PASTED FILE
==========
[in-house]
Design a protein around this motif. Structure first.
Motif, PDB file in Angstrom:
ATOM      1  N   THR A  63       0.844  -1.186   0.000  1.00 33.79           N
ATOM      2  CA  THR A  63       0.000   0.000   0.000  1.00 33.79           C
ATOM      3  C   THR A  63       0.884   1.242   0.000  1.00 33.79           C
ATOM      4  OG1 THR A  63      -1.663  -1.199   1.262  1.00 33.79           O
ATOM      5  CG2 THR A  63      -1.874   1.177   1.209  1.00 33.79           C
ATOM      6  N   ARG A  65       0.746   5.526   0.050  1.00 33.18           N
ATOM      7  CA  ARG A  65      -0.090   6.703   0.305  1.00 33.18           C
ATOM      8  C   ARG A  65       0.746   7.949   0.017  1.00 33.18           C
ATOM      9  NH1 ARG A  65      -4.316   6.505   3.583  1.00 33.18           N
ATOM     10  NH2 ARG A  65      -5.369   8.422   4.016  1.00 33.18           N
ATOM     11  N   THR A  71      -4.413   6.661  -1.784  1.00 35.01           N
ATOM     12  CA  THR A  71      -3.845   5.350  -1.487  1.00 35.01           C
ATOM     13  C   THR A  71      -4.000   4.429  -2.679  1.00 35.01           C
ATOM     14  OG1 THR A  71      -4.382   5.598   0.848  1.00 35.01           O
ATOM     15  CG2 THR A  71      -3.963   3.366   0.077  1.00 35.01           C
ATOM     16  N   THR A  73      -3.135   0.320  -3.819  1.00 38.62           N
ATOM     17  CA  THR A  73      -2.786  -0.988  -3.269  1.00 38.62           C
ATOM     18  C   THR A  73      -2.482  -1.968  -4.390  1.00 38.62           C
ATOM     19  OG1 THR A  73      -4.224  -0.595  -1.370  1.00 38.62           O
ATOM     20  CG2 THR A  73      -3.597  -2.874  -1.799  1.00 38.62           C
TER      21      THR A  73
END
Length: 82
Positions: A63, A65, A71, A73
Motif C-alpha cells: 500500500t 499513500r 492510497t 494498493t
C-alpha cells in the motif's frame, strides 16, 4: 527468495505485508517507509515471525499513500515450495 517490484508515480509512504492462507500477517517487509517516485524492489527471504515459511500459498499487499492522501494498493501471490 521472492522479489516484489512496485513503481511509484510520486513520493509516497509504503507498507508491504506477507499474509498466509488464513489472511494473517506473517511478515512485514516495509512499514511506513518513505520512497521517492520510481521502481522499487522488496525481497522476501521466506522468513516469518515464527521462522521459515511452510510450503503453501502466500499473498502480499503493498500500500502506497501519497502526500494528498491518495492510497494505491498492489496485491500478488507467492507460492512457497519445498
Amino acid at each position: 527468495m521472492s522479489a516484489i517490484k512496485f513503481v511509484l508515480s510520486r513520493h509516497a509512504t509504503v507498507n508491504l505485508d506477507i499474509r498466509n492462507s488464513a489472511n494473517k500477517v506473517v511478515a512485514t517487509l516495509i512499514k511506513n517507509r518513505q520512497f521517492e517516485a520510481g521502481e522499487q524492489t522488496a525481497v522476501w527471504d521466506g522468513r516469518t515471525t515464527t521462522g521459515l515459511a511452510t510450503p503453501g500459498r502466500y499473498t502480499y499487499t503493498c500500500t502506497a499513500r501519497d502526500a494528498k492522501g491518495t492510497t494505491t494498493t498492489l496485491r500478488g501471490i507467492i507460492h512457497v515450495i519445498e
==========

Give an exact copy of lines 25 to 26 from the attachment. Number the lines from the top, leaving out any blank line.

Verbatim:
END
Length: 82